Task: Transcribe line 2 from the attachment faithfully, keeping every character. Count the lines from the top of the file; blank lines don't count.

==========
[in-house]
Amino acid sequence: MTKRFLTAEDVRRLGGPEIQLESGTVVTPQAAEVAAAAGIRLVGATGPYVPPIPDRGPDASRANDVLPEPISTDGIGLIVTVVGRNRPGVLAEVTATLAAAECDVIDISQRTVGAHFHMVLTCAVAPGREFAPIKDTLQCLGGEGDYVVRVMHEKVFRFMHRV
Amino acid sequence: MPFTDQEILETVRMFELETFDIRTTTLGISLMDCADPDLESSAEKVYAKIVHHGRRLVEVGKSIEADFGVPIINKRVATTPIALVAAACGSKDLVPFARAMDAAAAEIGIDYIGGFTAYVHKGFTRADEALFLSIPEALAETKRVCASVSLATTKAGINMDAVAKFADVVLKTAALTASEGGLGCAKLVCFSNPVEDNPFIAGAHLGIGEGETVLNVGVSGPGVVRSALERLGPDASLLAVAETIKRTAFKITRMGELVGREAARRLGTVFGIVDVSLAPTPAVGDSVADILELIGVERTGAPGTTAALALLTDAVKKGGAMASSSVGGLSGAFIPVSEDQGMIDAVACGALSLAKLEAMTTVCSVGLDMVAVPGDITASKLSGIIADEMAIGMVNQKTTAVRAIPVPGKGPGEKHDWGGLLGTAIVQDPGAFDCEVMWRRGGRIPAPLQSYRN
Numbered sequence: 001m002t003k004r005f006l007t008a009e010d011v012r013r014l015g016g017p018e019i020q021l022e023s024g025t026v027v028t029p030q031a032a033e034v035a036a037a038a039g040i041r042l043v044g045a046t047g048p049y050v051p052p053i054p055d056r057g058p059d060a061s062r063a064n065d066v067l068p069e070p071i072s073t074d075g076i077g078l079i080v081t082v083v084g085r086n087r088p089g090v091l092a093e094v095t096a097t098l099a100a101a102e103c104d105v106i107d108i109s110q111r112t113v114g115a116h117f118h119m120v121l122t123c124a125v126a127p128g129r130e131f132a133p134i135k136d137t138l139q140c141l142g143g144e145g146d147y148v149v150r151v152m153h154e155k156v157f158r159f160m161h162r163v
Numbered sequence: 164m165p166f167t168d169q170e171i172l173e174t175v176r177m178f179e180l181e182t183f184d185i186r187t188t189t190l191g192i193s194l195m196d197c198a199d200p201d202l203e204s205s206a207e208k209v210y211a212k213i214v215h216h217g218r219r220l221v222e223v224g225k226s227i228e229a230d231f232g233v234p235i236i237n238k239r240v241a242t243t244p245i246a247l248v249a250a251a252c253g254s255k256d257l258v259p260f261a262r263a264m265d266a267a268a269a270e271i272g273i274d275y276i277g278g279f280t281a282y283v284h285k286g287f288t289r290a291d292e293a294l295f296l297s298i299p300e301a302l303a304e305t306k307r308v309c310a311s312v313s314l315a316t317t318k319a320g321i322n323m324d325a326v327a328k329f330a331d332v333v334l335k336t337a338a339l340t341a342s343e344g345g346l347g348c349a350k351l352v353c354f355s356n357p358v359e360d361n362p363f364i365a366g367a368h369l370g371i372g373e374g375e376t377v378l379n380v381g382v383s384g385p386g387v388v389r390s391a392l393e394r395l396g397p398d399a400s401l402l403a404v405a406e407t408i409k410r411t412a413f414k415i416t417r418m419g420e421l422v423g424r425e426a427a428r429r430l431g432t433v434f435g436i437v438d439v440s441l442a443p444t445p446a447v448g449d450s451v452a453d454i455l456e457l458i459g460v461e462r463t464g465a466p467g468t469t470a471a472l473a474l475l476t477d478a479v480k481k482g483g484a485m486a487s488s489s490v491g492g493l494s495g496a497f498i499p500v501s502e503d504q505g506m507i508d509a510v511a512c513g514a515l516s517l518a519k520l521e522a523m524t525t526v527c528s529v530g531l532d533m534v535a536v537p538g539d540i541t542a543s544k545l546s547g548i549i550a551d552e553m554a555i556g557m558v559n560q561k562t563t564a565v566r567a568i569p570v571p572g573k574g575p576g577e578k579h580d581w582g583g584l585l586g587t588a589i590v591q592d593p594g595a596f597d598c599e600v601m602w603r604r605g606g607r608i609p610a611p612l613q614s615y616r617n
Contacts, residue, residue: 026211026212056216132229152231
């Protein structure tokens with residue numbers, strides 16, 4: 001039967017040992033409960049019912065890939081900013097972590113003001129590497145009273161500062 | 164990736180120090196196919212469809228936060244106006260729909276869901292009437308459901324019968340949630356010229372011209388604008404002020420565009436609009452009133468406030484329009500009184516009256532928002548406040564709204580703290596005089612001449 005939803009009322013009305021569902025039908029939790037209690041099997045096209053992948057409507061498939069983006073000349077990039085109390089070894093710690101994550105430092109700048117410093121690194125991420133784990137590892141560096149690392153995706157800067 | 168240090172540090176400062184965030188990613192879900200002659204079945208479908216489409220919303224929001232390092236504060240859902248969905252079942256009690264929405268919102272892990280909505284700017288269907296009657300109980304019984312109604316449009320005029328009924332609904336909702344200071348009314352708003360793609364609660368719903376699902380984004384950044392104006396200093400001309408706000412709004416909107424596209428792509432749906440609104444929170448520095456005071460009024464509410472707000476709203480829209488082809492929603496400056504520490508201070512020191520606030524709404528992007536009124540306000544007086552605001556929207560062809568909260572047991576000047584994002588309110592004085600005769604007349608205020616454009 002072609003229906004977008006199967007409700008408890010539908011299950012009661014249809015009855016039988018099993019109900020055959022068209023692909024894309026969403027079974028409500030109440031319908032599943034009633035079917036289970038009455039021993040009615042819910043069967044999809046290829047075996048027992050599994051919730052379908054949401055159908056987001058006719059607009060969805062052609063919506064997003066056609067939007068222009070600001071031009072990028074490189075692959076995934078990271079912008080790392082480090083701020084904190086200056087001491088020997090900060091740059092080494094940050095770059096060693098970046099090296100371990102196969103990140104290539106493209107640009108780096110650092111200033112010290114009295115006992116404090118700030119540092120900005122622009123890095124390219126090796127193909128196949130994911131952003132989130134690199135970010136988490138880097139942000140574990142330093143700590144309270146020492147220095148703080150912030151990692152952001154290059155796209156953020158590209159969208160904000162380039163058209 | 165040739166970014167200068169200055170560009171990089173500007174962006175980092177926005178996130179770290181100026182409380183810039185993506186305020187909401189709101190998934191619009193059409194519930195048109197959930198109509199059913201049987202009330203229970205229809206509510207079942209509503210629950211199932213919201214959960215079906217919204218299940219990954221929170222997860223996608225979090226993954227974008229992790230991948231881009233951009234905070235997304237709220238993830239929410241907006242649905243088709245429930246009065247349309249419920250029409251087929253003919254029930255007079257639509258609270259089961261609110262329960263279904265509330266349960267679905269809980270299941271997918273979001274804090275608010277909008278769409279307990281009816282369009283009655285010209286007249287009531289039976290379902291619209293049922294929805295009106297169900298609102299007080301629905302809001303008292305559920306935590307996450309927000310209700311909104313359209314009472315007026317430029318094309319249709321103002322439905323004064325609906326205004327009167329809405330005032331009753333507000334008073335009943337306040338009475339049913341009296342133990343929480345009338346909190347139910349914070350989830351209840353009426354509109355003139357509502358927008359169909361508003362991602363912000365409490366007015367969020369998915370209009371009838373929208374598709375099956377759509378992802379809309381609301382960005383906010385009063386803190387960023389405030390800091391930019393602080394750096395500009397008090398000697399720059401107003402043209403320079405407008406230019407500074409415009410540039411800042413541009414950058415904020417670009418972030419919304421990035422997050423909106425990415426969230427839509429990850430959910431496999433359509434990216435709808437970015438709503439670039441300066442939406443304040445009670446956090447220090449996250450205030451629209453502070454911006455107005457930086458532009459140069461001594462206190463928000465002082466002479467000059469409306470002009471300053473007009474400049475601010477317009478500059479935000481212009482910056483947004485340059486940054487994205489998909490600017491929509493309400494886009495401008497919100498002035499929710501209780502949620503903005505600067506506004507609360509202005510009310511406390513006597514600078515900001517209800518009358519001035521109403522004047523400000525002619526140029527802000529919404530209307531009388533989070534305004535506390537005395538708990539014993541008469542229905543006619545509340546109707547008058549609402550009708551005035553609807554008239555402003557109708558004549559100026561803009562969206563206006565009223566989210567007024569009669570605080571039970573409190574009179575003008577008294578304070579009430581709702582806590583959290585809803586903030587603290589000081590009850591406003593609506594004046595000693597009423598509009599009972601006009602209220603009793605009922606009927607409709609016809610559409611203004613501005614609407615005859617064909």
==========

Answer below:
Amino acid sequence: MTKRFLTAEDVRRLGGPEIQLESGTVVTPQAAEVAAAAGIRLVGATGPYVPPIPDRGPDASRANDVLPEPISTDGIGLIVTVVGRNRPGVLAEVTATLAAAECDVIDISQRTVGAHFHMVLTCAVAPGREFAPIKDTLQCLGGEGDYVVRVMHEKVFRFMHRV